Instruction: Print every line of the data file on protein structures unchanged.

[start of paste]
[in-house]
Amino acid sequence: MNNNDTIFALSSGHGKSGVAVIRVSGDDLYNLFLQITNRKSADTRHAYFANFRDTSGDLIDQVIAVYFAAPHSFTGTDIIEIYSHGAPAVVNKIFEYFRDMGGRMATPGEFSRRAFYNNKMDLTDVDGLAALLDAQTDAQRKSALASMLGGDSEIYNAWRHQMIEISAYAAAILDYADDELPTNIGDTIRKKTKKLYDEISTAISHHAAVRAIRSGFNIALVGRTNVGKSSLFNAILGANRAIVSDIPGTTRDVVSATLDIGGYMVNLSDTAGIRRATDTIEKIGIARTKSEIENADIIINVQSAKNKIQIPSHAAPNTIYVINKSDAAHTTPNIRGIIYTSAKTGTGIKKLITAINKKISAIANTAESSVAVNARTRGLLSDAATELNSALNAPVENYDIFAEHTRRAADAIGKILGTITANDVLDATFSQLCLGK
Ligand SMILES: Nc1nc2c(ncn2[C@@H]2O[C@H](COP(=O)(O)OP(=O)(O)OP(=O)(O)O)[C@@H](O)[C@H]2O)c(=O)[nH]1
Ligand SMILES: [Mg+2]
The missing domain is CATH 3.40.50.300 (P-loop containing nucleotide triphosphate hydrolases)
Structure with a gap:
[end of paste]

[in-house]
Amino acid sequence: MNNNDTIFALSSGHGKSGVAVIRVSGDDLYNLFLQITNRKSADTRHAYFANFRDTSGDLIDQVIAVYFAAPHSFTGTDIIEIYSHGAPAVVNKIFEYFRDMGGRMATPGEFSRRAFYNNKMDLTDVDGLAALLDAQTDAQRKSALASMLGGDSEIYNAWRHQMIEISAYAAAILDYADDELPTNIGDTIRKKTKKLYDEISTAISHHAAVRAIRSGFNIALVGRTNVGKSSLFNAILGANRAIVSDIPGTTRDVVSATLDIGGYMVNLSDTAGIRRATDTIEKIGIARTKSEIENADIIINVQSAKNKIQIPSHAAPNTIYVINKSDAAHTTPNIRGIIYTSAKTGTGIKKLITAINKKISAIANTAESSVAVNARTRGLLSDAATELNSALNAPVENYDIFAEHTRRAADAIGKILGTITANDVLDATFSQLCLGK
Ligand SMILES: Nc1nc2c(ncn2[C@@H]2O[C@H](COP(=O)(O)OP(=O)(O)OP(=O)(O)O)[C@@H](O)[C@H]2O)c(=O)[nH]1
Ligand SMILES: [Mg+2]
The missing domain is CATH 3.40.50.300 (P-loop containing nucleotide triphosphate hydrolases)
Structure with a gap: